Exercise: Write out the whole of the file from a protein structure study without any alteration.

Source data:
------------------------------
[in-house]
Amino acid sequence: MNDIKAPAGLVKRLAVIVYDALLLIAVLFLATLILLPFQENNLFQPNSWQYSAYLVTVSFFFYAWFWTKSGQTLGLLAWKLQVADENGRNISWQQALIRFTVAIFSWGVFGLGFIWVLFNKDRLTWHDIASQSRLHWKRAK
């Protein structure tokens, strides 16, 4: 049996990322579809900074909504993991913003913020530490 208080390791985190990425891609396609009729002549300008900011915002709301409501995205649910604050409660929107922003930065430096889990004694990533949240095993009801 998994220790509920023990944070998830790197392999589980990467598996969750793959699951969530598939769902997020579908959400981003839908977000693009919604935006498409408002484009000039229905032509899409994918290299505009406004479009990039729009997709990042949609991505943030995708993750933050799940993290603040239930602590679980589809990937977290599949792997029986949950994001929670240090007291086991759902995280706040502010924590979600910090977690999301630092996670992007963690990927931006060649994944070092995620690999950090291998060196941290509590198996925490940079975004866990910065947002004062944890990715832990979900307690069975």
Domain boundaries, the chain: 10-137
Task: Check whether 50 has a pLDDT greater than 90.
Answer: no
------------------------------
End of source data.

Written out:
[in-house]
Amino acid sequence: MNDIKAPAGLVKRLAVIVYDALLLIAVLFLATLILLPFQENNLFQPNSWQYSAYLVTVSFFFYAWFWTKSGQTLGLLAWKLQVADENGRNISWQQALIRFTVAIFSWGVFGLGFIWVLFNKDRLTWHDIASQSRLHWKRAK
């Protein structure tokens, strides 16, 4: 049996990322579809900074909504993991913003913020530490 208080390791985190990425891609396609009729002549300008900011915002709301409501995205649910604050409660929107922003930065430096889990004694990533949240095993009801 998994220790509920023990944070998830790197392999589980990467598996969750793959699951969530598939769902997020579908959400981003839908977000693009919604935006498409408002484009000039229905032509899409994918290299505009406004479009990039729009997709990042949609991505943030995708993750933050799940993290603040239930602590679980589809990937977290599949792997029986949950994001929670240090007291086991759902995280706040502010924590979600910090977690999301630092996670992007963690990927931006060649994944070092995620690999950090291998060196941290509590198996925490940079975004866990910065947002004062944890990715832990979900307690069975």
Domain boundaries, the chain: 10-137
Task: Check whether 50 has a pLDDT greater than 90.
Answer: no